|Inside the Alcaldía in San Juan|
Walking in to the Casa Alcaldía in Old San Juan, I was struck immediately by image in the stained glass over the stairway. A flamboyan tree, twenty feet high and thirty feet wide. The vibrant colors literally jump off of the wall. It is truly breath taking.
The tour of stained glass windows in Old San Juan in one of many given by The Puerto Rico Historic Building DrawingSociety (PRHBDS), a non-profit whose mission is to educate people on the architectural history of Puerto Rico. You can read my previous blog about them here. This tour was a unique chance to focus on one feature of Old San Juan and to have a look at some places that many tourists and residents never get to see.
There are some amazing examples of stained glass in Old San Juan. One of my favorites is in the Casa Alcaldía (city hall) on the Plaza de Armas. The flamboyan tree (also known as the Royal Poinciana) is an icon of Puerto Rico. Its bright red flowers bloom in June and July. This tryptic of windows presents a flamboyan tree in full bloom. The deep red of the flowers and blues of the shy fill the stairway below. These windows are also historically significant because they were the first major secular pieces put in place on the island. The Casa Alcaldía has another large stained glass piece in the Town Council building that represents the flora and fauna of Puerto Rico.
|Inside the Town Council Building|
The Banco Popular de Puerto Rico was founded in 1893, while the island was still under Spanish rule. In 1938 the bank built this Art Deco master piece to be its main branch on the island. In an effort to create a feeling of trust with a population that did not have a history or trust of banks, the main hall was designed to look similar to a church. The room was shaped as a cross with a 40 foot tall stained glass window at one end, like an altar piece. In place of a religious story, the window presents the seal of Puerto Rico at its center, surrounded by shields representing Ponce de Leon, Columbus, Spain, The United States, and aspect of industry and commerce.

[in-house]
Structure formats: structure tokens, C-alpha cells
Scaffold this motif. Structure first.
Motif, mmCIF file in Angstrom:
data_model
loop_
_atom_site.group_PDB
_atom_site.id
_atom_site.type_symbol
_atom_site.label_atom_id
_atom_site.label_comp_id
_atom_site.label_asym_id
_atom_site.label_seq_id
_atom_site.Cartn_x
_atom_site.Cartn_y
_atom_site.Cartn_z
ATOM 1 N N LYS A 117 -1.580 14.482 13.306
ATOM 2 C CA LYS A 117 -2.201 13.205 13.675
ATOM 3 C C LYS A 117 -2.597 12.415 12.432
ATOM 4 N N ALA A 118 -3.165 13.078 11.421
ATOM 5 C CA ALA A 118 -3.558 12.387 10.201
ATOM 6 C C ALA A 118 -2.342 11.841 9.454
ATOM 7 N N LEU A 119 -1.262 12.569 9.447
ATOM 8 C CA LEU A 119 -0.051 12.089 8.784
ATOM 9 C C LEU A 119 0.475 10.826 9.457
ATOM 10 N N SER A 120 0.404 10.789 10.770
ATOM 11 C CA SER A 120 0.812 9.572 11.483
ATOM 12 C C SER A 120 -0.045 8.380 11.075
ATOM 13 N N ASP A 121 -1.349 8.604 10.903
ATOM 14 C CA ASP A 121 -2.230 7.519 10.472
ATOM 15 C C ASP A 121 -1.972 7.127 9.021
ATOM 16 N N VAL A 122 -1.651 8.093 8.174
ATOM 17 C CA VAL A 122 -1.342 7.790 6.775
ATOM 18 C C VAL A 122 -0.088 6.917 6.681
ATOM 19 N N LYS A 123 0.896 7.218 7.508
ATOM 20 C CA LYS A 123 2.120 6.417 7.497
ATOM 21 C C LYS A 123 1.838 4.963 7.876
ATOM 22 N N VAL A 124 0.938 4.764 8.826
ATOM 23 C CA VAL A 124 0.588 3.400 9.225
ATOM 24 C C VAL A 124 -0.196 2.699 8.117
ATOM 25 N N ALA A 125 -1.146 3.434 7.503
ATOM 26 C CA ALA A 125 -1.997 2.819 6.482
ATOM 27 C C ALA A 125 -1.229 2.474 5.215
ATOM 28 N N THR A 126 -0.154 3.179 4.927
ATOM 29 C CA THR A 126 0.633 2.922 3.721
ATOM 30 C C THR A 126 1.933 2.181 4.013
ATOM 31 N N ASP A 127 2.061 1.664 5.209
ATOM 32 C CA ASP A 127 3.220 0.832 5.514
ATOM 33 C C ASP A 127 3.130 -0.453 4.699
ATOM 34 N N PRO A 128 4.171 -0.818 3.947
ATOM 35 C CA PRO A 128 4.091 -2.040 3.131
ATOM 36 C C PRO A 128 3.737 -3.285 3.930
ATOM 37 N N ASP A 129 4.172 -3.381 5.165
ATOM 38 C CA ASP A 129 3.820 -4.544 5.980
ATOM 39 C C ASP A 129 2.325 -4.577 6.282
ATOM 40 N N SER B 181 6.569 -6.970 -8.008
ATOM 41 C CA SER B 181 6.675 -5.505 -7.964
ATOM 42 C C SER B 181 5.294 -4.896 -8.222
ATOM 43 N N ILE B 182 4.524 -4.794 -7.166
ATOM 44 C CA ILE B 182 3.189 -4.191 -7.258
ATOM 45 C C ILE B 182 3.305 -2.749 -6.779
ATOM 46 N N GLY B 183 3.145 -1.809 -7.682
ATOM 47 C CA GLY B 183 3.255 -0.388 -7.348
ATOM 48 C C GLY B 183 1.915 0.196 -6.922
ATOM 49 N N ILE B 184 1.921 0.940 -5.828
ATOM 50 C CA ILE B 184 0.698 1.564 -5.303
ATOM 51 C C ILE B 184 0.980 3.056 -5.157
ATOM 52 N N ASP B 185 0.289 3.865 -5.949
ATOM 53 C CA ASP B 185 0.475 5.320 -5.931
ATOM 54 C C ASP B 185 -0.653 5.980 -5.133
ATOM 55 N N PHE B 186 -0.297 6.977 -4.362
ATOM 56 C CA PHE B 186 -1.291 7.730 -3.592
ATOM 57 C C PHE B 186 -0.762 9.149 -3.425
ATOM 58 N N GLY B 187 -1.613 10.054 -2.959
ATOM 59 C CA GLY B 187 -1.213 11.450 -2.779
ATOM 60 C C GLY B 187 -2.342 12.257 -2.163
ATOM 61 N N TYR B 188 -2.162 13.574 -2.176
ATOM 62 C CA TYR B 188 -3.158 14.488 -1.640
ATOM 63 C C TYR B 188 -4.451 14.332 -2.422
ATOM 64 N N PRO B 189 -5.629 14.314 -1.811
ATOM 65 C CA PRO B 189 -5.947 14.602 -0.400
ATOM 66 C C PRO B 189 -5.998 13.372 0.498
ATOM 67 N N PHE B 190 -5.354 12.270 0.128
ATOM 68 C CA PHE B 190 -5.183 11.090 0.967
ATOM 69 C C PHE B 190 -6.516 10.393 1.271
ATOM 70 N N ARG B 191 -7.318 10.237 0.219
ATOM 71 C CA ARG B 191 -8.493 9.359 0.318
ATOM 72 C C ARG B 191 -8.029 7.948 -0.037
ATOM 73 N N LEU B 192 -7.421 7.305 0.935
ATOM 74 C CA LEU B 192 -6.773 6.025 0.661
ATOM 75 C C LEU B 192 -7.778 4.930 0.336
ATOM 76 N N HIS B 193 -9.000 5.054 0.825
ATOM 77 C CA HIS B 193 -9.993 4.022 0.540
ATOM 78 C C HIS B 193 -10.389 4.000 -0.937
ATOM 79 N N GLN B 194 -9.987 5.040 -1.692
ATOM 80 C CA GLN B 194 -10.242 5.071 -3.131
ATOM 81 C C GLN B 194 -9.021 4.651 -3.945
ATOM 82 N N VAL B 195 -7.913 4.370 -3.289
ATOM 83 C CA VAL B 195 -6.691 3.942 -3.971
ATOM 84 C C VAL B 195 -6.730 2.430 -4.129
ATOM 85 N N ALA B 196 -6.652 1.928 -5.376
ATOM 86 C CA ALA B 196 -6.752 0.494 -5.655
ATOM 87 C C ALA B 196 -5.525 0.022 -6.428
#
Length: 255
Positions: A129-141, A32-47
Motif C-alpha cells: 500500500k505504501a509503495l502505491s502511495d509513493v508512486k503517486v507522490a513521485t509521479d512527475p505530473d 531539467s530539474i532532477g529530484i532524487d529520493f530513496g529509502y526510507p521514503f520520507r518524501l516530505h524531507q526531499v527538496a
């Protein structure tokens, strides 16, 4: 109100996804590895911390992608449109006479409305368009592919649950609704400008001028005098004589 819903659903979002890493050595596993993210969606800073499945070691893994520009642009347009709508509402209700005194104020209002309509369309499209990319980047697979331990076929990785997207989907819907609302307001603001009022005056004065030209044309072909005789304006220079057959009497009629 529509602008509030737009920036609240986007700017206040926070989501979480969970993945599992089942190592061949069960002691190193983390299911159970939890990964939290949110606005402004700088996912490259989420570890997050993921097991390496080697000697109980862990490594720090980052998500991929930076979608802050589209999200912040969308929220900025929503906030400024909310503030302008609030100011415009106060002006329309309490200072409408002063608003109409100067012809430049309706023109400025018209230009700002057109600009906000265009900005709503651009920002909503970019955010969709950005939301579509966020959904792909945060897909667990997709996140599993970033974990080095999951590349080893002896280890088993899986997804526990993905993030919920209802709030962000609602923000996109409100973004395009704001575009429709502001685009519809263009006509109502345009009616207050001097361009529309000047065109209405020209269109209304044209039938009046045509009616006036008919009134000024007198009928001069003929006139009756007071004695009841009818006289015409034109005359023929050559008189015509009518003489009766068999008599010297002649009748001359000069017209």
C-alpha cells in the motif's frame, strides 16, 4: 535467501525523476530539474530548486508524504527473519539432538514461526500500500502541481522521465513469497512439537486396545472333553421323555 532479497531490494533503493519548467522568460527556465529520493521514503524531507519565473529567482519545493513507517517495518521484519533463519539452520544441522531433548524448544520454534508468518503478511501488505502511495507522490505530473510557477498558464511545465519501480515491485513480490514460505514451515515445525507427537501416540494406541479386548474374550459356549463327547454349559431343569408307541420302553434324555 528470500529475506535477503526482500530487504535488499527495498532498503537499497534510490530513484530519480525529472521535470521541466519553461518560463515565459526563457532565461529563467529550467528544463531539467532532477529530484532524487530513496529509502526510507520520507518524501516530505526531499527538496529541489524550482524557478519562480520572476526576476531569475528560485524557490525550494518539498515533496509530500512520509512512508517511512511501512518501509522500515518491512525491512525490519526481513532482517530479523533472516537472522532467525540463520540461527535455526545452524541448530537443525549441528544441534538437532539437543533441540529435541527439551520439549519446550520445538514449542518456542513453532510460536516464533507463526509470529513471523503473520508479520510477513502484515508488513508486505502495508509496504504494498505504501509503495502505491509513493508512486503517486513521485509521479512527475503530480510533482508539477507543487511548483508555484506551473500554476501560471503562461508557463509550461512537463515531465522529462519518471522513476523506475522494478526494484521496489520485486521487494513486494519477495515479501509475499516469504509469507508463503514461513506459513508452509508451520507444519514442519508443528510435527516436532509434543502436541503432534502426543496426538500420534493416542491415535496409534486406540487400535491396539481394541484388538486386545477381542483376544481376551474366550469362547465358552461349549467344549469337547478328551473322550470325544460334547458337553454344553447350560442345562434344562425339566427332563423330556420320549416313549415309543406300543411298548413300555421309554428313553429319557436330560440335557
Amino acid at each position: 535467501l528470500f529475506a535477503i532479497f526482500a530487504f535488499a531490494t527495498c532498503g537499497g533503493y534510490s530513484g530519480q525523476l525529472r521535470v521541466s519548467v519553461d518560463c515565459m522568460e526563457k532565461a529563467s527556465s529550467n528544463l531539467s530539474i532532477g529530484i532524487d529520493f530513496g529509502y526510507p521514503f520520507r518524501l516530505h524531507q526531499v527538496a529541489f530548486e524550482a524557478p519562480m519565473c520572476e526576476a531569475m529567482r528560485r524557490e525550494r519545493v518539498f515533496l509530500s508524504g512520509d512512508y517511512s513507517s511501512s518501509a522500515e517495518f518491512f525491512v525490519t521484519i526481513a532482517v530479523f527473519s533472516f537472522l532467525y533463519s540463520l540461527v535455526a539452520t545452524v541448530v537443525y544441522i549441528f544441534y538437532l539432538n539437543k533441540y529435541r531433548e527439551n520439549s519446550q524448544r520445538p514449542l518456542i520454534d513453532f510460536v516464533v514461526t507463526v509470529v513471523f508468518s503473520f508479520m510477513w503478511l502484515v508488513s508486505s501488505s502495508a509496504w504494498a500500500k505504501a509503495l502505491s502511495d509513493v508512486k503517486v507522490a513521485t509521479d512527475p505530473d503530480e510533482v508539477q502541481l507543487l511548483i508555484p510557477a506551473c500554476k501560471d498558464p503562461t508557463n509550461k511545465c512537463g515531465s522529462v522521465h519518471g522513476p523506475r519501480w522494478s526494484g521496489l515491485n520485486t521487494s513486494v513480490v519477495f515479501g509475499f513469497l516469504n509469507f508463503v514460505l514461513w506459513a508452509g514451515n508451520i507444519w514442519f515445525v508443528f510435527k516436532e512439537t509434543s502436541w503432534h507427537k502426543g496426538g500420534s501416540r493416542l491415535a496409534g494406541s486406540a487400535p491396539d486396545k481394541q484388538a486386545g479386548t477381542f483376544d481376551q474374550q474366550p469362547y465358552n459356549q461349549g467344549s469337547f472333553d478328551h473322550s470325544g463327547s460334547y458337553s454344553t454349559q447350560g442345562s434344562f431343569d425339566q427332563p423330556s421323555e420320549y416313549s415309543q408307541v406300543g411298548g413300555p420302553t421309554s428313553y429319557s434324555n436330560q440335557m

|Seal of Puerto Rico|
Old San Juan has many examples of smaller stained glass pieces, both religious and secular. Here are some of my favorites:
El Convento y Casa de Salud de las Siervas de Maria is nursing home and hospital that sits next to La Forteleza, at the southwest corner of Old San Juan, overlooking the bay. The hospital was built in 1524 and was the first hospital in San Juan. Inside is a small chapel with two beautiful pieces flanking the altar.
The Monastery Art Suites Hotel is in a building on Calle del Cristo. It is one of many boutique hotels that opened up in Old San Juan over the past 10 years. Constructed in 1890 as a Masonic Lodge, it current owner has maintained the original stained glass windows in the ball room.
Having coffee and a mallorcas at the Bombanera is a one hundred year tradition in San Juan. For many decades this has been a place where business has been conducted in between the tourists. Rich café con leche to drink washes down the Mallorca, a sweet bun that is best when buttered and toasted between the plates of a sandwich press, then covered with powdered sugar. The Bombanera reopened last year after renovations that kept its historical look in place. One change was to its historic stained glass sign that sits over the display of pastries in the restaurants window. For a century the sign read Puig y Abraham, the names of the original owner. Today it reads Rigo y Abraham to reflect the family names of the current owners.
|By http://www.flickr.com/people/picken/ [CC BY 2.0 (http://creativecommons.org/licenses/by/2.0)], via Wikimedia Commons|
The PRHBDS offers tours like this, giving a behind the scenes look at the historic architecture of the city. The price of the tour is reasonable (about $10), and it is well the price.